‘We Need to Start Thinking Big Again’

Times Staff Writers

In a festive ceremony that drew politicians from across the nation, Antonio Villaraigosa took the oath of office Friday as the 41st mayor of Los Angeles and declared that reforming the city’s troubled schools would be “a central priority of my administration.”

On a platform festooned with red-white-and-blue bunting on the steps of City Hall, the city’s first Latino mayor in 133 years paid tribute to a city and a country that gave the son of an immigrant from Mexico the opportunity to lead the nation’s second-largest city.

“What a beautiful country,” he said in Spanish to an audience of about 3,000. “I am proof that the United States is a country of opportunity and liberty. In what other country of the world could I be in front of you as mayor of a great city?”

In his first official act as mayor, Villaraigosa fulfilled a promise by removing five lobbyists from city commissions. He also appointed three people to the city commission that oversees the Department of Public Works.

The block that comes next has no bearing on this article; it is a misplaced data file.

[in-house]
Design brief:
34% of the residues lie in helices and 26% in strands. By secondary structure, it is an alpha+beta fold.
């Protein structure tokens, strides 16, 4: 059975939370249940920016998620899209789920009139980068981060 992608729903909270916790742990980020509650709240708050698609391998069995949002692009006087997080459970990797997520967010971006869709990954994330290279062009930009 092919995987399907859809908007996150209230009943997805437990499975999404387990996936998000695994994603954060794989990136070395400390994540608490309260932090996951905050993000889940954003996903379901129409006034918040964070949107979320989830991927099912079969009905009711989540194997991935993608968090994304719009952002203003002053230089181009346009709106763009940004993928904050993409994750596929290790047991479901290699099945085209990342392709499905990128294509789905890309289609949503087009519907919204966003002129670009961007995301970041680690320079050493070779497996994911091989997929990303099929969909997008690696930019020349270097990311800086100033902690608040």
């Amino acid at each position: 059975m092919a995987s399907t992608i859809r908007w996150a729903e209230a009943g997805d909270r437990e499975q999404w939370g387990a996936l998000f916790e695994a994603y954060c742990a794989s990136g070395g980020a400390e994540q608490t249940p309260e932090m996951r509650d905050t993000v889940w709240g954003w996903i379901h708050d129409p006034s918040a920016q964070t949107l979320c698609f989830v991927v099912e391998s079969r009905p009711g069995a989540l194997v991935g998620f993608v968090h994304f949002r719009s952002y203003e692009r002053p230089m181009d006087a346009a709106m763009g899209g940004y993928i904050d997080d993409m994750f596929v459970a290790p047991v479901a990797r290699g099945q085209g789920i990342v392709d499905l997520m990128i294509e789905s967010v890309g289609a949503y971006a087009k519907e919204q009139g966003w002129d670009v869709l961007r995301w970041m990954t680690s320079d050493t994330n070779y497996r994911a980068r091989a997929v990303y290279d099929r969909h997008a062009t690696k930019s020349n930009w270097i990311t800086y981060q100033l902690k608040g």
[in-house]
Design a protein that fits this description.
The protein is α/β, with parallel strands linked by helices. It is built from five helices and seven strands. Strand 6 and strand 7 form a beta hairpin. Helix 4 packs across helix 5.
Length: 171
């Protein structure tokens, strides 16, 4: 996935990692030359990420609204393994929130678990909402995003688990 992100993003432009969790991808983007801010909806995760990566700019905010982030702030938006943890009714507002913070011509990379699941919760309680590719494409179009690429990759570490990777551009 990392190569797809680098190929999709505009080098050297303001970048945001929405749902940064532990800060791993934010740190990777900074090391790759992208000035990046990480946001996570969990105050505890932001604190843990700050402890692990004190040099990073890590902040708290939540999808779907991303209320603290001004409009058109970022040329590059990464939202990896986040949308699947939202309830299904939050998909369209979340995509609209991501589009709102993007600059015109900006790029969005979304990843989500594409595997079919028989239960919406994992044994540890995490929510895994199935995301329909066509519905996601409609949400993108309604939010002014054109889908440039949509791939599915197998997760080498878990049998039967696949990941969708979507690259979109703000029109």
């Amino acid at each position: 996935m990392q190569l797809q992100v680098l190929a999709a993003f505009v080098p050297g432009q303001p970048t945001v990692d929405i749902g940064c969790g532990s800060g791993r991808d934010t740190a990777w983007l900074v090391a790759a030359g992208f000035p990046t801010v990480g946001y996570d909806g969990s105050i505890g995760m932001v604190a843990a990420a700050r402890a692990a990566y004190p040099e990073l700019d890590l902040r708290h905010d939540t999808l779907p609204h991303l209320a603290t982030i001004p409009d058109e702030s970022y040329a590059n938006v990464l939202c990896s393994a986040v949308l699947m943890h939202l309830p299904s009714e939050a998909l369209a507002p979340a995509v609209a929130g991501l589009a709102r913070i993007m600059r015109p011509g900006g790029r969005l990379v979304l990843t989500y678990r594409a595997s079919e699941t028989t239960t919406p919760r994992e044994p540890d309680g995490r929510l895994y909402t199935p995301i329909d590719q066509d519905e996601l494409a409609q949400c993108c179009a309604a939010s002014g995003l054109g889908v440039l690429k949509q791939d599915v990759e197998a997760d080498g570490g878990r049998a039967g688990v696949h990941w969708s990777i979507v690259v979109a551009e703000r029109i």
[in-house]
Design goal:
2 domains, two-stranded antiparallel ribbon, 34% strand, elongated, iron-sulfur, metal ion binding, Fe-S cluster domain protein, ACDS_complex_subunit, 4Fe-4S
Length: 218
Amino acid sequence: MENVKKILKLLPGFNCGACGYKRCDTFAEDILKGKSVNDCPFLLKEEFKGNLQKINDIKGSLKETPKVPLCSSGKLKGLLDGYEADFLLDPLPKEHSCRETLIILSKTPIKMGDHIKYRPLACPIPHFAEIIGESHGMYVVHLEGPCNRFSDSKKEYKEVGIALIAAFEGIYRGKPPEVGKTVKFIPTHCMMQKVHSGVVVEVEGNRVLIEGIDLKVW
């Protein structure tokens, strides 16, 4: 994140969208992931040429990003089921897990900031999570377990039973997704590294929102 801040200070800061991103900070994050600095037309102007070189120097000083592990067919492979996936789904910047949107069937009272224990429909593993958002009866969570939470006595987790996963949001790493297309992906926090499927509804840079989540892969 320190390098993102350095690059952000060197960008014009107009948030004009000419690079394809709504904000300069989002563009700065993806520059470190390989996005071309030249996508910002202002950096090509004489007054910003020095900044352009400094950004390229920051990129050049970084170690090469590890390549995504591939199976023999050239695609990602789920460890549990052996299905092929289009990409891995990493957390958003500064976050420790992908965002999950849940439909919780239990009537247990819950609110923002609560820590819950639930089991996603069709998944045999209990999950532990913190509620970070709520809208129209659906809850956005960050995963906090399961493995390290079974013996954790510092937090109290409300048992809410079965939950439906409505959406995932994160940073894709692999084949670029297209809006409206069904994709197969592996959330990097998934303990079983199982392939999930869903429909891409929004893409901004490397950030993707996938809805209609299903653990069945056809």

Although the mayor has no direct control over schools, Villaraigosa announced he would create a Council of Education Advisors to draft a comprehensive proposal to fix the Los Angeles Unified School District.

“I can’t say it more clearly: Reforming our public schools is the central challenge facing Los Angeles,” he said.

Villaraigosa did not name the educational leaders who would advise him, but said they would have proposals by the fall. Recent studies have shown that fewer than half of the district’s students graduate from high school.

Schools Supt. Roy Romer, who read a transcript of the mayor’s speech, said he welcomed Villaraigosa’s involvement. “I am very pleased that his primary focus is going to be on education. It’s the right focus,” he said.

School board member Marlene Canter, who was at the inauguration, said she was hopeful that the mayor’s strong comments would translate into cooperation between the school district and City Hall.